Gilead Sciences Dominates 95% of Hep C Treatment Market

By John Lavitt 08/12/15

Rival AbbVie is lagging far behind with its own hep C regimen.

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Gilead Sciences, Inc., is dominating the hepatitis C treatment marketplace in the United States. With around a 95% market share, the pharmaceutical giant is leaving AbbVie Inc. far behind in the race. The data is compiled on a regular basis by Symphony Health Data and was reported on by Bloomberg Intelligence.

With close to six million people infected with the hepatitis C virus in the United States, Gilead’s HCV drugs, Sovaldi and Harvoni, have been used to treat around 130,000 HCV patients in 2015. AbbVie’s rival drug, Viekira Pak, on the other hand, was used to treat only 10,000 HCV lives in the U.S. during the same period. Still, Gilead’s first HCV drug, Sovaldi, which costs around $85,000 for a 12-week treatment course, did see a slight decline in its prescription volumes over the first half of the year.

The major reason for this decline was not due to the success of competitors. Rather, it was the success of another Gilead treatment regimen. Harvoni, an advanced version of Sovaldi, was launched by Gilead in October 2014 with a price tag set at $94,500 for the standard 12-week treatment course. During the first quarter of 2015, prescriptions for Harvoni totaled up to 112,440 scripts, and increased to 125,804 during the second quarter.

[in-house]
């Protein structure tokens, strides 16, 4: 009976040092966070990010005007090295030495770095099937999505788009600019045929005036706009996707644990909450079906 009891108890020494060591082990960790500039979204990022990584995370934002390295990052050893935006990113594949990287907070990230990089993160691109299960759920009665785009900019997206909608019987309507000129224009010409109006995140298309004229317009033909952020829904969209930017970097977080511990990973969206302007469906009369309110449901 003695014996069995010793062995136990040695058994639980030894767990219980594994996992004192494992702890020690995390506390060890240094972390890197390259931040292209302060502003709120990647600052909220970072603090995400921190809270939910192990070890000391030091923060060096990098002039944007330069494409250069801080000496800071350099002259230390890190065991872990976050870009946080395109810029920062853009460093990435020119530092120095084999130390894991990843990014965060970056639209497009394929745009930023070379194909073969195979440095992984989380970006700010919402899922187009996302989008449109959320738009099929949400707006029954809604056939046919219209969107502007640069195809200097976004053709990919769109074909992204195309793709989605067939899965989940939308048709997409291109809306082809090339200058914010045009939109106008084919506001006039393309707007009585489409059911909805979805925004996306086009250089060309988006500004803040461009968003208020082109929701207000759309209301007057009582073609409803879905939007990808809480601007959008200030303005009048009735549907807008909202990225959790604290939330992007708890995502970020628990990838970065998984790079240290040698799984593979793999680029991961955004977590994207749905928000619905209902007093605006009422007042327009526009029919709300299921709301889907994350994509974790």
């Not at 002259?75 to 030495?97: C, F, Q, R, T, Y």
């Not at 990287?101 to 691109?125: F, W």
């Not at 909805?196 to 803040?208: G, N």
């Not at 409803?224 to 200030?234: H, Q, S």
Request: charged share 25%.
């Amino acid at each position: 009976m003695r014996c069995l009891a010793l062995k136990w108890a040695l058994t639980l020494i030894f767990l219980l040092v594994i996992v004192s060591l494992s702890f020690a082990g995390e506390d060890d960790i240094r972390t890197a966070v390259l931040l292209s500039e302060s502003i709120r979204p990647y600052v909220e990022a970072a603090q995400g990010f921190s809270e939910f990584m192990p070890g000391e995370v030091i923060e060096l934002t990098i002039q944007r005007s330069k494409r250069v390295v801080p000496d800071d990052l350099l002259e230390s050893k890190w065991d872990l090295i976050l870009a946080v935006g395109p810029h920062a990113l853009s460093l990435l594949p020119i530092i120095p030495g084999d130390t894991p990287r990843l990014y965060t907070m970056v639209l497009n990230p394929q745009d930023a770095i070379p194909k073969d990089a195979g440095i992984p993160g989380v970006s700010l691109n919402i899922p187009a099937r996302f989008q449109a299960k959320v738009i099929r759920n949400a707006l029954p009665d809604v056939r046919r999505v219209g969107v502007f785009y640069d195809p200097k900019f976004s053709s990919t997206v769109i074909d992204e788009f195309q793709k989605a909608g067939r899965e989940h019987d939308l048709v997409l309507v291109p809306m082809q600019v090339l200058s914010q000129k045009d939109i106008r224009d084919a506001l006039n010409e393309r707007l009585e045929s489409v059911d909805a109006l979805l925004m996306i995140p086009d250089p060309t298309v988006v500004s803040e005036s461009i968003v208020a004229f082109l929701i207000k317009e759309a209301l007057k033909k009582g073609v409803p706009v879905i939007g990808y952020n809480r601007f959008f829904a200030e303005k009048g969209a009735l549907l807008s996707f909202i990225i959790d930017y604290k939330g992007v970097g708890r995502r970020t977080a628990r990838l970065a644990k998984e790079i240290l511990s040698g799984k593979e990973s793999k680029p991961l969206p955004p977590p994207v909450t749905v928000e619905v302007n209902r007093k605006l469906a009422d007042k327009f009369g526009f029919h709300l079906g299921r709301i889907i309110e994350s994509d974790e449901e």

Viekira Pak was launched by AbbVie as a direct competitor to Gilead’s Harvoni. With an aggressive marketing strategy adopted by AbbVie, Viekira Pak debuted with a price tag of $83,320 for 12-week treatment. Despite the punch in marketing, the drug failed to make a significant dent in the Gilead sales.

For the first half of 2015, total prescriptions for HCV drugs from AbbVie and Gilead, combined, totaled up to 311,652, out of which around 95% of the prescriptions were written for Gilead’s HCV drugs, and only 5% for AbbVie’s drug.

A greater question that is not being addressed on Wall Street is the high cost of treatment regimens that are making them inaccessible to many HCV-infected people in need of help. When it comes to successful hepatitis C treatment options, money definitely takes precedence over people.

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Growing up in Manhattan as a stutterer, John Lavitt discovered that writing was the best way to express himself when the words would not come. After graduating with honors from Brown University, he lived on the Greek island of Patmos, studying with his mentor, the late American poet Robert Lax. As a writer, John’s published work includes three articles in Chicken Soup For The Soul volumes and poems in multiple poetry journals and compilations. Active in recovery, John has been the Treatment Professional News Editor for The Fix. Since 2015, he has published over 500 articles on the addiction and recovery news website. Today, he lives in Los Angeles, trying his best to be happy and creative. Find John on Facebook, Twitter, and LinkedIn.